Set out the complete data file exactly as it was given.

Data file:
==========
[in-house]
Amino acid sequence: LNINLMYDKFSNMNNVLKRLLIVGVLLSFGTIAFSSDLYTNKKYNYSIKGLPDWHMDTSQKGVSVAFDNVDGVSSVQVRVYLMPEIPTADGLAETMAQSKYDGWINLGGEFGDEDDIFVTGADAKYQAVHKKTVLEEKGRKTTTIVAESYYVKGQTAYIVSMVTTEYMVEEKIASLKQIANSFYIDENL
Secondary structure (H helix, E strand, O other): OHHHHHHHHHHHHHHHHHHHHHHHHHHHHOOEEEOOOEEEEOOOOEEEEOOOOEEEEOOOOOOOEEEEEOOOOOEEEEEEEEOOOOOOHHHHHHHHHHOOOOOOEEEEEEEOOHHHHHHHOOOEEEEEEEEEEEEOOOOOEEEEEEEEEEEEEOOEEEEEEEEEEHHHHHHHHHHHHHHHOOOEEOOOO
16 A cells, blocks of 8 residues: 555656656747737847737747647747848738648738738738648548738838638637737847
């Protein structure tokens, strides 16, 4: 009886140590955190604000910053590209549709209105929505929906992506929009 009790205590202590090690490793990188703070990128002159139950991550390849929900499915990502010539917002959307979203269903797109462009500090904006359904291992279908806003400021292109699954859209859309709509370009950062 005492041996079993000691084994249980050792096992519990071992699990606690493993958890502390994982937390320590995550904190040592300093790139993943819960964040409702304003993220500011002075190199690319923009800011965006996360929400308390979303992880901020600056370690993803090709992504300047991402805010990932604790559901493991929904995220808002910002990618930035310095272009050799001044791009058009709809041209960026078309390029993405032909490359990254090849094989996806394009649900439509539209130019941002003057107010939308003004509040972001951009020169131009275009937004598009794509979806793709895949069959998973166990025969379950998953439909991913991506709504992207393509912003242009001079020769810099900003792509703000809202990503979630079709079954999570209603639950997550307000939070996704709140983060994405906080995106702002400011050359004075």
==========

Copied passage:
[in-house]
Amino acid sequence: LNINLMYDKFSNMNNVLKRLLIVGVLLSFGTIAFSSDLYTNKKYNYSIKGLPDWHMDTSQKGVSVAFDNVDGVSSVQVRVYLMPEIPTADGLAETMAQSKYDGWINLGGEFGDEDDIFVTGADAKYQAVHKKTVLEEKGRKTTTIVAESYYVKGQTAYIVSMVTTEYMVEEKIASLKQIANSFYIDENL
Secondary structure (H helix, E strand, O other): OHHHHHHHHHHHHHHHHHHHHHHHHHHHHOOEEEOOOEEEEOOOOEEEEOOOOEEEEOOOOOOOEEEEEOOOOOEEEEEEEEOOOOOOHHHHHHHHHHOOOOOOEEEEEEEOOHHHHHHHOOOEEEEEEEEEEEEOOOOOEEEEEEEEEEEEEOOEEEEEEEEEEHHHHHHHHHHHHHHHOOOEEOOOO
16 A cells, blocks of 8 residues: 555656656747737847737747647747848738648738738738648548738838638637737847
């Protein structure tokens, strides 16, 4: 009886140590955190604000910053590209549709209105929505929906992506929009 009790205590202590090690490793990188703070990128002159139950991550390849929900499915990502010539917002959307979203269903797109462009500090904006359904291992279908806003400021292109699954859209859309709509370009950062 005492041996079993000691084994249980050792096992519990071992699990606690493993958890502390994982937390320590995550904190040592300093790139993943819960964040409702304003993220500011002075190199690319923009800011965006996360929400308390979303992880901020600056370690993803090709992504300047991402805010990932604790559901493991929904995220808002910002990618930035310095272009050799001044791009058009709809041209960026078309390029993405032909490359990254090849094989996806394009649900439509539209130019941002003057107010939308003004509040972001951009020169131009275009937004598009794509979806793709895949069959998973166990025969379950998953439909991913991506709504992207393509912003242009001079020769810099900003792509703000809202990503979630079709079954999570209603639950997550307000939070996704709140983060994405906080995106702002400011050359004075």